Top 5 issues faced in medical residency- Philadelphia

Top 5 issues faced in medical residency- Philadelphia

For some medical residents, time pressure, work-life balance, and more are some of the challenges they face while training. In comparison, the others worry about the traditional clinical matters like not developing the latest skills in their field and fear of making serious mistakes at work. Since residency is a unique mix of education and employment, a medical residency attorney has command of both principles/practices of GME and workplace laws. The attorney can help with medical residency problems like suspension, non-promotion, dismissal, remediation, non-renewal, etc. There are a few challenges in medical residency; let us see what they are.

Top 5 issues faced in medical residency

  • Meeting expectations: Residents may feel they have stretched schedules that are directly proportional to their work and training demands. About half of residents who were asked whether the balance between their personal and professional lives was satisfactory answered, “it was neither better nor worse.” A quarter said the balance was “somewhat or much better” than what they expected.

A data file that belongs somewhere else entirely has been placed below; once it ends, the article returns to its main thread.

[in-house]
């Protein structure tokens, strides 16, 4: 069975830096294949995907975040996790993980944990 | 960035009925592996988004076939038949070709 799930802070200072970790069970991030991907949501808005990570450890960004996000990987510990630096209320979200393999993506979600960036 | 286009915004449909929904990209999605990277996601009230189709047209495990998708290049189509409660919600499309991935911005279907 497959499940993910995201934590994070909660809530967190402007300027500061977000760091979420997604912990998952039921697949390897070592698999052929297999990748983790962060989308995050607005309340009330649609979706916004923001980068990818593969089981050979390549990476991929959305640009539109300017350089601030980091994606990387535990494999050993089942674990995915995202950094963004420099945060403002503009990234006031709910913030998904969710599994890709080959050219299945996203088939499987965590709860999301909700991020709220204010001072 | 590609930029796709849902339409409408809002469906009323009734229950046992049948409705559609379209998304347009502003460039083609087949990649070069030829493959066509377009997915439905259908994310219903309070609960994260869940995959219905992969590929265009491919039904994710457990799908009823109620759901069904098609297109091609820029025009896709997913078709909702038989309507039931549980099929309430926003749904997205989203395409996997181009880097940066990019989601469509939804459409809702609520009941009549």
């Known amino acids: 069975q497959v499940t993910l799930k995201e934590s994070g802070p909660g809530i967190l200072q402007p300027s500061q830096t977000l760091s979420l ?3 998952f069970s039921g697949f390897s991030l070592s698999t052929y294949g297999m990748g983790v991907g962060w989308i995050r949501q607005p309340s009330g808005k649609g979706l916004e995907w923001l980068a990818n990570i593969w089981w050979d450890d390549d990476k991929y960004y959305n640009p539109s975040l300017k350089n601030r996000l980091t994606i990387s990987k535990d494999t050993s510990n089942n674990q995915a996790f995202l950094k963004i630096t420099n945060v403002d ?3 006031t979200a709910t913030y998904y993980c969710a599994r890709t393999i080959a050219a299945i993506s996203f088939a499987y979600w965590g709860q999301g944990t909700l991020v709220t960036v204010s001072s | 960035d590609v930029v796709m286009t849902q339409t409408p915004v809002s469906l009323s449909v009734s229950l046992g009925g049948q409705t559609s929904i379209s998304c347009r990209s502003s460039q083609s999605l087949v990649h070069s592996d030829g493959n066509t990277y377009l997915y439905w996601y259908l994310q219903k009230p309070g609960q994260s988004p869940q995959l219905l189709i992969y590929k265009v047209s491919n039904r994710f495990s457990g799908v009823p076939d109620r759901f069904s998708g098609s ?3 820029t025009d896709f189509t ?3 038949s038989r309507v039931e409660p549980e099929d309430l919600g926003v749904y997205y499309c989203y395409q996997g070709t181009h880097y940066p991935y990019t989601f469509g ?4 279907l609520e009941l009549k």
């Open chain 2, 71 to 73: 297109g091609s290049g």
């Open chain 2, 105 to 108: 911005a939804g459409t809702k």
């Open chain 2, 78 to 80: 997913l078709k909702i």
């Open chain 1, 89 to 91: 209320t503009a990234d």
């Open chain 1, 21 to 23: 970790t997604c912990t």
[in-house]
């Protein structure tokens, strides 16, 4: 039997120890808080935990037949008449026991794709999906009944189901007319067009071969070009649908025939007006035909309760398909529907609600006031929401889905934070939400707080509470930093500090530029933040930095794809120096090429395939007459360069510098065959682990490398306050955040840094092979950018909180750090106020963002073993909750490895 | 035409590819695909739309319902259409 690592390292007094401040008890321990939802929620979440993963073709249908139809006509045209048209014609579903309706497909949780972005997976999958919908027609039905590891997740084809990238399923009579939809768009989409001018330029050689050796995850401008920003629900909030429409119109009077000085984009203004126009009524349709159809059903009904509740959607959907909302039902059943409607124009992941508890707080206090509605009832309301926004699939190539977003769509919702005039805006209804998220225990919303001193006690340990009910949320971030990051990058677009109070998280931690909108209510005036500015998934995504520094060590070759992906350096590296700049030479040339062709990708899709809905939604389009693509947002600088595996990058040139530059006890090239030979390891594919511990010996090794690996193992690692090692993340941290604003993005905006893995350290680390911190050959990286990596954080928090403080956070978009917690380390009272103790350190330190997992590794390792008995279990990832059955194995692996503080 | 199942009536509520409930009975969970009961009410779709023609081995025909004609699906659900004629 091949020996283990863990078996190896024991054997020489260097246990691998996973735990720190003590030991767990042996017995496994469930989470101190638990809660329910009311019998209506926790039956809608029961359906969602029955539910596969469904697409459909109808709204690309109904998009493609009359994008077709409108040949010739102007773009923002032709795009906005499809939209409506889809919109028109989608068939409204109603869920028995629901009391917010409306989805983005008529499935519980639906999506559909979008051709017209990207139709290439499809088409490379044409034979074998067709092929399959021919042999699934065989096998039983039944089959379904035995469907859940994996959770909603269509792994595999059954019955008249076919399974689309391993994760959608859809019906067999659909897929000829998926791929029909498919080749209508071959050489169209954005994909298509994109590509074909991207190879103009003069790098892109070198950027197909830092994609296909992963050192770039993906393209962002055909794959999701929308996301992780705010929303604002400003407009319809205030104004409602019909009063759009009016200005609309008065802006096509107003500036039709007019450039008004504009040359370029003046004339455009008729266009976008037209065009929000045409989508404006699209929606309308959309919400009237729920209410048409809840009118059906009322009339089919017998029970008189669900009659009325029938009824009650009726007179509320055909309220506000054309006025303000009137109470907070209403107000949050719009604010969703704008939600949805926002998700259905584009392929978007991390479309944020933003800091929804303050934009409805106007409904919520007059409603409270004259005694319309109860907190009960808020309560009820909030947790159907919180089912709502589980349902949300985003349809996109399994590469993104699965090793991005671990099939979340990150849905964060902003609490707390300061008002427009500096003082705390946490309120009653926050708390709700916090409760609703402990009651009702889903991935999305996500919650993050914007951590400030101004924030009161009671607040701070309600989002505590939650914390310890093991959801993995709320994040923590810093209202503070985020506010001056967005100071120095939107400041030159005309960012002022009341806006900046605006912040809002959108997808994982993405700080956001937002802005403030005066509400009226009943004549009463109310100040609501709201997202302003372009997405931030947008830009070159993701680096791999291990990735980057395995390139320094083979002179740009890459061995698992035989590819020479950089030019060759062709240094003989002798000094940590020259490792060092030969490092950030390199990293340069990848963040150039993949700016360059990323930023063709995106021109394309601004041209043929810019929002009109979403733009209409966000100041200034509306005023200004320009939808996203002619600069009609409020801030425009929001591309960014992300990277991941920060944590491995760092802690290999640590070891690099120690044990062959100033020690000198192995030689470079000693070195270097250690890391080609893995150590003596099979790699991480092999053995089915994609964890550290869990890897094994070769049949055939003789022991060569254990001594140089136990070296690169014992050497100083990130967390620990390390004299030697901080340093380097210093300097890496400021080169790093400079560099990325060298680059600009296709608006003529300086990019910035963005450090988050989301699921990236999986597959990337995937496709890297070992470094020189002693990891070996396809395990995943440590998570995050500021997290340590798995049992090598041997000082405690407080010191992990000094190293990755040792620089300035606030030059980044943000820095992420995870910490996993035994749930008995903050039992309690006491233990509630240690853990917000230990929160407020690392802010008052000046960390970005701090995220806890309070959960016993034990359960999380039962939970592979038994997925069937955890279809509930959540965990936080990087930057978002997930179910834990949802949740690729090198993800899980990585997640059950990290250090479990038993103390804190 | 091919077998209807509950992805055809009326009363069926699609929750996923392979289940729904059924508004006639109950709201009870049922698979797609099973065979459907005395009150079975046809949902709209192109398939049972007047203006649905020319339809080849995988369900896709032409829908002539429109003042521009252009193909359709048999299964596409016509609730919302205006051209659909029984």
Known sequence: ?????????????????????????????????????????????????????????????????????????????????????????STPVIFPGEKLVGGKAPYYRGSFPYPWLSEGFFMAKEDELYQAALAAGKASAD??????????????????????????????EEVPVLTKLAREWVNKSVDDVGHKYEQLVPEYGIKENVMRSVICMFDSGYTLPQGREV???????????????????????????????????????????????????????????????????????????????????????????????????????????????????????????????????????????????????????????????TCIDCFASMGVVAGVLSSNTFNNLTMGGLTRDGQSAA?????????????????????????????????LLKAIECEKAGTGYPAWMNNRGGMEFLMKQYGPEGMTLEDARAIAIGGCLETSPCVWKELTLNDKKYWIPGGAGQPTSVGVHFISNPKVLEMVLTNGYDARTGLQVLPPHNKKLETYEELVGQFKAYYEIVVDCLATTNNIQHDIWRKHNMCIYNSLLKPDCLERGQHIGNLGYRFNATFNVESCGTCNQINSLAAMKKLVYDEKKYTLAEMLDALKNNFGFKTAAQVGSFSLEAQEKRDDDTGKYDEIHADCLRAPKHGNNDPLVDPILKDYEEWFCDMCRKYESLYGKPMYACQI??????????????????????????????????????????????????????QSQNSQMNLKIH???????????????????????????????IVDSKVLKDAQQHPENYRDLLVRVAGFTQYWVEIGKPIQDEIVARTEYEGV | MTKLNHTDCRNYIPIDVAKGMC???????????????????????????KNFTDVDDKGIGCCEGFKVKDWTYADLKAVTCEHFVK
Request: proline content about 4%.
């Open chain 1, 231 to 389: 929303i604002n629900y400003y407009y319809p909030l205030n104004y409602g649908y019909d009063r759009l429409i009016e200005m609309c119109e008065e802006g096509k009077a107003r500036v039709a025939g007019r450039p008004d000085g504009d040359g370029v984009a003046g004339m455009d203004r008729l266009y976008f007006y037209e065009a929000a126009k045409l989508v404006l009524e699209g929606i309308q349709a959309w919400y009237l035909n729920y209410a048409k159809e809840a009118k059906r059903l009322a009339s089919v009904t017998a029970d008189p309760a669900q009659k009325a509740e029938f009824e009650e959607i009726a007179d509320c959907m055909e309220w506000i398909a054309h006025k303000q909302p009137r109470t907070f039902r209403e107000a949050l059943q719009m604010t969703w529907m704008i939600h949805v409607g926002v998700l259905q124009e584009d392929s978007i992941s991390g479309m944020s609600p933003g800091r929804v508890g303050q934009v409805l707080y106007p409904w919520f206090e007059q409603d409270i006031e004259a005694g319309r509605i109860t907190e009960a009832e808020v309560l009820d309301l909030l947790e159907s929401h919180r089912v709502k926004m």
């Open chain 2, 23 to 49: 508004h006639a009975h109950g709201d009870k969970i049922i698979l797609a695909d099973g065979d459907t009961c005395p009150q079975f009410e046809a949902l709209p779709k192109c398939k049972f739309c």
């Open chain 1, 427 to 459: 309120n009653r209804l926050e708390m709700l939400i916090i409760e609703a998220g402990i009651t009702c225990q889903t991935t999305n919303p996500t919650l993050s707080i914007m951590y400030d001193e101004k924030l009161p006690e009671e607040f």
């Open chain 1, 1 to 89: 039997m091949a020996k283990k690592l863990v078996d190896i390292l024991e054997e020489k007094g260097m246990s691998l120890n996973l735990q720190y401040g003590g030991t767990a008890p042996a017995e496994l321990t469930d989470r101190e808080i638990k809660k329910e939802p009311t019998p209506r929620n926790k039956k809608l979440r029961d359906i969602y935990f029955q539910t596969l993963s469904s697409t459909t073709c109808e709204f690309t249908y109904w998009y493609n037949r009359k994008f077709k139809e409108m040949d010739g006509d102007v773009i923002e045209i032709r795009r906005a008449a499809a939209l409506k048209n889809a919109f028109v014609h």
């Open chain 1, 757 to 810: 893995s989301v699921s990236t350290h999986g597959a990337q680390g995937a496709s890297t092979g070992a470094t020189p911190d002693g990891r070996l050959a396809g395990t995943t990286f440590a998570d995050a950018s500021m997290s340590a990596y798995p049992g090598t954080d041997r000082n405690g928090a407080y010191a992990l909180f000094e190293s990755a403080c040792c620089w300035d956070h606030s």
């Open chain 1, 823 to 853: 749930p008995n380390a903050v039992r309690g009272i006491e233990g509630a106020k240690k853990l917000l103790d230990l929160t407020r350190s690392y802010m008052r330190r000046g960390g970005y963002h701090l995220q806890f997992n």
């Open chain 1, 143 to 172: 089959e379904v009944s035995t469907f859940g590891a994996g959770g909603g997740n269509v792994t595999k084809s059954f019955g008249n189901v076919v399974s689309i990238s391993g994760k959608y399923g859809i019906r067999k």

• Work overload: Residents have to face a heavy workload and long working hours. Therefore, there is a significant rise in stress-related issues. They also have limited personal time to relax and do other activities. All of these limit their time, and they sacrifice their private life to some extent.
  • Team dynamics: A good team may make or break your day. More often, residents are put in a team with supportive colleagues with whom they share the good and bad of the days. But sometimes they are in groups where they don’t gel that much, which decides how each day will be. Establishing healthy relationships is essential while working, making work a little less draining and helping reduce stress.
  • Dealing with various patients: In medical school, patients given for cases to students were cherry-picked by either the students or their seniors. Students were protected from challenging patients who are hard to deal with, unsupportive, irritate the staff, or drive away with friends and family. But, in medical residency, getting a patient is a stroke of total luck with no one to shield you from those challenging patients who once were not handed to you. In residency, you work on a rotation basis. Even though it is hard to take care of these patients who are hard to deal with and you probably do not like them, in the end, dealing with all these is an important skill.

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